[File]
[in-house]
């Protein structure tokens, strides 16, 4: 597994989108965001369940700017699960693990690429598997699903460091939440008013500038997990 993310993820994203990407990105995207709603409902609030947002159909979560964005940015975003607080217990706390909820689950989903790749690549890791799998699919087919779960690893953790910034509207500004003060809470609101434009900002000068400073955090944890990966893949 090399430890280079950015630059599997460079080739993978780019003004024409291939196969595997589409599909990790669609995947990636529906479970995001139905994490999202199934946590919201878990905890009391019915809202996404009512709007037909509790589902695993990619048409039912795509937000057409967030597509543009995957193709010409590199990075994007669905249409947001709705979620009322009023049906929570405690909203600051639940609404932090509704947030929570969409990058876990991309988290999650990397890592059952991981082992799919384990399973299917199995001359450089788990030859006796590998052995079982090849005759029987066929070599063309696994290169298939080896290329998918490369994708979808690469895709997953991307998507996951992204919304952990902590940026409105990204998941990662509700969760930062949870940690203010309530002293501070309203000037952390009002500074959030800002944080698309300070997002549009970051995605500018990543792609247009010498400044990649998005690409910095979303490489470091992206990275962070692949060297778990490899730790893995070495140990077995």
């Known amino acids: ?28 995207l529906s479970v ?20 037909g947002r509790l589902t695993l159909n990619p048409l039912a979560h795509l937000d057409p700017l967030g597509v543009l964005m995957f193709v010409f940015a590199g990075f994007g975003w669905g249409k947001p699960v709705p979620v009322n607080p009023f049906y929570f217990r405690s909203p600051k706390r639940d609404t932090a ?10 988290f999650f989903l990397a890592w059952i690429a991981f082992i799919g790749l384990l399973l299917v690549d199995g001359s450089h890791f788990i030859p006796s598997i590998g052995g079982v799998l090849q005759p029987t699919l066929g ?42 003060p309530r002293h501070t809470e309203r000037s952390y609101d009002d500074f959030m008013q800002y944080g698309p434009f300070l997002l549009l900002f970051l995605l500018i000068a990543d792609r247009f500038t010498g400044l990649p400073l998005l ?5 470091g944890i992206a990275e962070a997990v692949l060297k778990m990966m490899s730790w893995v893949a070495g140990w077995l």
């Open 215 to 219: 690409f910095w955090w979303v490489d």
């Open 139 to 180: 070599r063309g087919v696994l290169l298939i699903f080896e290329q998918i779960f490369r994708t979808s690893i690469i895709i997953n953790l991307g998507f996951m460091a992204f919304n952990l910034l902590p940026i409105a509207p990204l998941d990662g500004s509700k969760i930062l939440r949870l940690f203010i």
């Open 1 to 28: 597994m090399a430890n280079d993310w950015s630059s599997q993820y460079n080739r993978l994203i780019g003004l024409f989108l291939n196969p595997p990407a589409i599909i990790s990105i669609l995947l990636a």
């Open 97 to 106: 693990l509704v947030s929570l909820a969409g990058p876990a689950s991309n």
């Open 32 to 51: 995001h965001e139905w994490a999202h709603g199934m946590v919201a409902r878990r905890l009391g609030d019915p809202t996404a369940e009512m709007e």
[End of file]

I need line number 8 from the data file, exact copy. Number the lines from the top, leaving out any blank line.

């Open 32 to 51: 995001h965001e139905w994490a999202h709603g199934m946590v919201a409902r878990r905890l009391g609030d019915p809202t996404a369940e009512m709007e």